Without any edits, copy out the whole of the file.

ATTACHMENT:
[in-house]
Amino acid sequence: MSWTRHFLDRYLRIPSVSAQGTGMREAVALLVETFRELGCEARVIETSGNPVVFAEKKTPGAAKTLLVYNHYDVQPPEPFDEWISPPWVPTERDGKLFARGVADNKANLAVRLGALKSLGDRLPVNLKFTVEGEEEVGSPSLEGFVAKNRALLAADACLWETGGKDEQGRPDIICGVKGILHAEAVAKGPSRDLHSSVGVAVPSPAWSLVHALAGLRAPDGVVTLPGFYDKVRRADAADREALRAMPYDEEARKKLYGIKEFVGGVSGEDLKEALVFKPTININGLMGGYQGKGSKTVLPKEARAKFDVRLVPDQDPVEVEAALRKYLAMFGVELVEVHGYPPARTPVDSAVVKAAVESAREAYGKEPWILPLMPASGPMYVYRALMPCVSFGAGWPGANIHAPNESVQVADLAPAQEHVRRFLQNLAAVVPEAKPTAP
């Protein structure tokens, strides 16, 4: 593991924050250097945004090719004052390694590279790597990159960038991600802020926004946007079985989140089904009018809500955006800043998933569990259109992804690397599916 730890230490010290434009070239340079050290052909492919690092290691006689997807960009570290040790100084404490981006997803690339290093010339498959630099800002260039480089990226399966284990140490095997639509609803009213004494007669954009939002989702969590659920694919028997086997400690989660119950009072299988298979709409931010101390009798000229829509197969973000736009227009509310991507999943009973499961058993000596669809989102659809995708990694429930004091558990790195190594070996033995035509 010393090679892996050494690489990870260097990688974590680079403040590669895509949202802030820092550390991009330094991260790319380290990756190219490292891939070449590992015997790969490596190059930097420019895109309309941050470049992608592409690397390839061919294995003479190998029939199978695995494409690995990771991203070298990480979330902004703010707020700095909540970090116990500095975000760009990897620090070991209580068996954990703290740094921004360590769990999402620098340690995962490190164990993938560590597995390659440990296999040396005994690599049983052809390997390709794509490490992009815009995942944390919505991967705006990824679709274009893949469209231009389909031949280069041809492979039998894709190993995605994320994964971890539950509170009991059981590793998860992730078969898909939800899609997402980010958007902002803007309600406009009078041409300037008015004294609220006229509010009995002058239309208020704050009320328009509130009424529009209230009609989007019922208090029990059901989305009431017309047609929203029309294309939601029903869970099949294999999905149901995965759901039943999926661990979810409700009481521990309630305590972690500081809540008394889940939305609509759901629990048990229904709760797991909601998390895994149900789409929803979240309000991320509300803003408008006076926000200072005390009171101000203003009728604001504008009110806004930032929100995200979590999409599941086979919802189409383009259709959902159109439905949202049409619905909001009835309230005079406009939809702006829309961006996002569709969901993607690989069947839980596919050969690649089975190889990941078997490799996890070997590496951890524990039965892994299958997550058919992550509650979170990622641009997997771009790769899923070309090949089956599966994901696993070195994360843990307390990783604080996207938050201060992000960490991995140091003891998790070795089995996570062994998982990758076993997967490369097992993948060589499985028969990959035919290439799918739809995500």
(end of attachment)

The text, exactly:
[in-house]
Amino acid sequence: MSWTRHFLDRYLRIPSVSAQGTGMREAVALLVETFRELGCEARVIETSGNPVVFAEKKTPGAAKTLLVYNHYDVQPPEPFDEWISPPWVPTERDGKLFARGVADNKANLAVRLGALKSLGDRLPVNLKFTVEGEEEVGSPSLEGFVAKNRALLAADACLWETGGKDEQGRPDIICGVKGILHAEAVAKGPSRDLHSSVGVAVPSPAWSLVHALAGLRAPDGVVTLPGFYDKVRRADAADREALRAMPYDEEARKKLYGIKEFVGGVSGEDLKEALVFKPTININGLMGGYQGKGSKTVLPKEARAKFDVRLVPDQDPVEVEAALRKYLAMFGVELVEVHGYPPARTPVDSAVVKAAVESAREAYGKEPWILPLMPASGPMYVYRALMPCVSFGAGWPGANIHAPNESVQVADLAPAQEHVRRFLQNLAAVVPEAKPTAP
């Protein structure tokens, strides 16, 4: 593991924050250097945004090719004052390694590279790597990159960038991600802020926004946007079985989140089904009018809500955006800043998933569990259109992804690397599916 730890230490010290434009070239340079050290052909492919690092290691006689997807960009570290040790100084404490981006997803690339290093010339498959630099800002260039480089990226399966284990140490095997639509609803009213004494007669954009939002989702969590659920694919028997086997400690989660119950009072299988298979709409931010101390009798000229829509197969973000736009227009509310991507999943009973499961058993000596669809989102659809995708990694429930004091558990790195190594070996033995035509 010393090679892996050494690489990870260097990688974590680079403040590669895509949202802030820092550390991009330094991260790319380290990756190219490292891939070449590992015997790969490596190059930097420019895109309309941050470049992608592409690397390839061919294995003479190998029939199978695995494409690995990771991203070298990480979330902004703010707020700095909540970090116990500095975000760009990897620090070991209580068996954990703290740094921004360590769990999402620098340690995962490190164990993938560590597995390659440990296999040396005994690599049983052809390997390709794509490490992009815009995942944390919505991967705006990824679709274009893949469209231009389909031949280069041809492979039998894709190993995605994320994964971890539950509170009991059981590793998860992730078969898909939800899609997402980010958007902002803007309600406009009078041409300037008015004294609220006229509010009995002058239309208020704050009320328009509130009424529009209230009609989007019922208090029990059901989305009431017309047609929203029309294309939601029903869970099949294999999905149901995965759901039943999926661990979810409700009481521990309630305590972690500081809540008394889940939305609509759901629990048990229904709760797991909601998390895994149900789409929803979240309000991320509300803003408008006076926000200072005390009171101000203003009728604001504008009110806004930032929100995200979590999409599941086979919802189409383009259709959902159109439905949202049409619905909001009835309230005079406009939809702006829309961006996002569709969901993607690989069947839980596919050969690649089975190889990941078997490799996890070997590496951890524990039965892994299958997550058919992550509650979170990622641009997997771009790769899923070309090949089956599966994901696993070195994360843990307390990783604080996207938050201060992000960490991995140091003891998790070795089995996570062994998982990758076993997967490369097992993948060589499985028969990959035919290439799918739809995500």